What the military calls “recovered” forest is a territory emptied of its people. The overall initiative, which began in 2019, is labelled “Operation Artemis”. It deploys what one article in the City Paper (Bogotá) calls “Colombia’s full-metal eco-warriors” in an effort to reduce deforestation by 50%, as Duque told Reuters. With so much military defence of the forest taking place, several questions arise: Is deforestation a problem that can be solved with the use of weapons? Can the forest be saved through mass arrests? Can the same military that killed thousands of innocent people, including peasants, in an attempt to inflate their body count statistics, be trusted to protect the environment?

Read the full article in New Frame.


.

The fog of history wars
David W. Blight, New Yorker, 9 June 2021

Two recent history wars offer cautionary tales. One arrived in the mid-nineties, when a debate flared in the media over the National Standards for History. The Standards were a colossal project: the country’s first attempt at establishing a nationally recognized set of criteria for how history should be taught. Initially funded by the George H. W. Bush Administration, the venture took around three years and two million dollars to complete, and involved every relevant constituency, including parents, teachers, school administrators, curriculum specialists, librarians, educational organizations, and professional historians. Yet, when the Standards were published, in 1994, a big-tent effort transformed into a ferocious political fight. Many historians entered the public arena for the first time during this debate, and droves of us have never left.

Generally, historians were no match for the right-wing assault on the Standards, which one conservative think-tank writer likened to propaganda “developed in the councils of the Bolshevik and Nazi parties and successfully deployed on the youth of the Third Reich and the Soviet empire.” Lynne Cheney, then a fellow at the American Enterprise Institute, blasted the Standards in the Wall Street Journal as “politically correct” and full of “politicized history.” (A few years earlier, as the chair of the National Endowment for the Humanities, Cheney had granted five hundred and twenty-five thousand dollars to help fund the project.) Radio host Rush Limbaugh accused historians of depicting America as “inherently evil,” and contended that the Standards should be “flushed down the sewer of multiculturalism.” The media swarmed to get Cheney debating celebrated historians such as Joyce Appleby, Eric Foner, and Gary B. Nash, who was one of the Standards’ lead authors. Critics often complained that the criteria too frequently mentioned Harriet Tubman, at the cost of eliding figures such as George Washington.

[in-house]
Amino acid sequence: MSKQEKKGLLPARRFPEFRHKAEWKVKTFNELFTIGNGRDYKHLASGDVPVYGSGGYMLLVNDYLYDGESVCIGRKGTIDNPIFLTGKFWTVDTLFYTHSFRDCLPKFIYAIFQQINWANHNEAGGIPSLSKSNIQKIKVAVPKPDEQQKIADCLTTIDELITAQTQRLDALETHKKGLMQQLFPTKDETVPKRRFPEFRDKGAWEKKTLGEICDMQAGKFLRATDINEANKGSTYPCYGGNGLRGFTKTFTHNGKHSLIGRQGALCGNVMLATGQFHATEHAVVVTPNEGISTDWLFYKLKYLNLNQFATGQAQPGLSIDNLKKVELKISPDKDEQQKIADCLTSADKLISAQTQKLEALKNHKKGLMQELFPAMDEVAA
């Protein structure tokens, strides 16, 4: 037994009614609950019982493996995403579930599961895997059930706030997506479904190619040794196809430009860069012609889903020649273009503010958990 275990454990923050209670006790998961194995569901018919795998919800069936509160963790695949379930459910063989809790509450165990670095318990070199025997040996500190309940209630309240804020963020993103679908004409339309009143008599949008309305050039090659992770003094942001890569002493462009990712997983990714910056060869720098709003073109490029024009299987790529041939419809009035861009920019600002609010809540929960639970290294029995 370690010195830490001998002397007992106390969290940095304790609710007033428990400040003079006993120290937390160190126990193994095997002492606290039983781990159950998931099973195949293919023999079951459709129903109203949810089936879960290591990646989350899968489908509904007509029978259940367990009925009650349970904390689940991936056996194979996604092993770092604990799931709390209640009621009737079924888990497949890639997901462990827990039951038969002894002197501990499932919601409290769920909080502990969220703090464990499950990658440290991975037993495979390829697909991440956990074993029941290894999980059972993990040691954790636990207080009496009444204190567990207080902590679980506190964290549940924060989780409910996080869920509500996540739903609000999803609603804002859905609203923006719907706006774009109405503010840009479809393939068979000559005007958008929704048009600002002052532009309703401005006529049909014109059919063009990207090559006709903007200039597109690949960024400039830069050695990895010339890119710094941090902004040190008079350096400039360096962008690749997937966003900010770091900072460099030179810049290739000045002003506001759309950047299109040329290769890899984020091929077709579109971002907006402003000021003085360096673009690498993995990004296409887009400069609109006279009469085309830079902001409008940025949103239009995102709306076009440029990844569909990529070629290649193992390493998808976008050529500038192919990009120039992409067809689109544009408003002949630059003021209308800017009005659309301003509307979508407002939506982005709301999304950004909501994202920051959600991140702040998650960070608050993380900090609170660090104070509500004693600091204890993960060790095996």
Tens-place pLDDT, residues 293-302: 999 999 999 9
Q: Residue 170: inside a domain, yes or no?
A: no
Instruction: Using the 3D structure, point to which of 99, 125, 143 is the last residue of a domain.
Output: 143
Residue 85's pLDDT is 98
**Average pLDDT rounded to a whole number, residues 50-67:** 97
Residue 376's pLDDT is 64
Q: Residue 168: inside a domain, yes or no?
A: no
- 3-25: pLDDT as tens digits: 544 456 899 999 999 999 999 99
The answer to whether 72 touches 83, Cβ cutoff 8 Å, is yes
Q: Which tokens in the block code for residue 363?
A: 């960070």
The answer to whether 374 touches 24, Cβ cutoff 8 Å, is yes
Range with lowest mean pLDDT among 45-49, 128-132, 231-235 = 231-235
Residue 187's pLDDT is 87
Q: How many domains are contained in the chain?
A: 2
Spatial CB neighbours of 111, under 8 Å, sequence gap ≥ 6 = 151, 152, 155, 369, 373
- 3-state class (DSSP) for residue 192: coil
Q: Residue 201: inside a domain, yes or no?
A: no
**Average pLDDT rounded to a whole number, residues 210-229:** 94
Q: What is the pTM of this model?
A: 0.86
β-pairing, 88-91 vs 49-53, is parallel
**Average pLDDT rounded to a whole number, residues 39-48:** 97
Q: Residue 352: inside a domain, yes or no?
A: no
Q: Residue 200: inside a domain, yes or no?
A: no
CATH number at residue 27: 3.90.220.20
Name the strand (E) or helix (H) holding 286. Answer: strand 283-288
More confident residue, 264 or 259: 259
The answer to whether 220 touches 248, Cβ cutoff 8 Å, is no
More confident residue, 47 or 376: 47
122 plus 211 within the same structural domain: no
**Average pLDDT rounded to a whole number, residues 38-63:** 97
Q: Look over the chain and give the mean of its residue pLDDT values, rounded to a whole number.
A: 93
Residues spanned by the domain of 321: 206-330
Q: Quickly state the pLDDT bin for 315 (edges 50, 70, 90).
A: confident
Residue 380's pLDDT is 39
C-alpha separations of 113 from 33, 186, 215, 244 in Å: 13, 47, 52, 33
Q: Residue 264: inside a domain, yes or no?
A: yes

If such critics had read the Standards carefully, they would have known that the suggestions were merely guidelines, and fully voluntary for school districts. But the Senate, caving in to vicious op-eds and conspiracy theories about cabals of liberal academic historians, voted to repudiate the project, claiming that it showed insufficient respect to American patriotic ideals. The debate left an important legacy. As Nash and his co-authors wrote in “History on Trial,” a 1997 book on the controversy, curricula are often mere “artifacts” of their time, and necessarily vulnerable to “prevailing political attitudes” and “competing versions of the collective memory.” Nations have histories, and someone must write and teach them, but the Standards remain a warning to all those who try.

Read the full article in the New Yorker.


.

Republicans want you (not the rich) to pay for infrastructure
Brian Highsmith, New York Times, 23 June 2021

Rather than the government financing the rebuilding of roads and bridges that get you across town, you pay a private company operating in contract with the government — while policymakers pretend that they have avoided imposing new costs.

Chief among these schemes that Republicans have identified are so-called user fees, like road tolls and a new fee on vehicle miles traveled. The White House rejected such proposals as violating its own tax pledge: a promise not to increase taxes on families earning under $400,000 annually. As President Biden observed, “If everything is paid for by a user fee, the burden falls on working-class folks, who are having trouble.”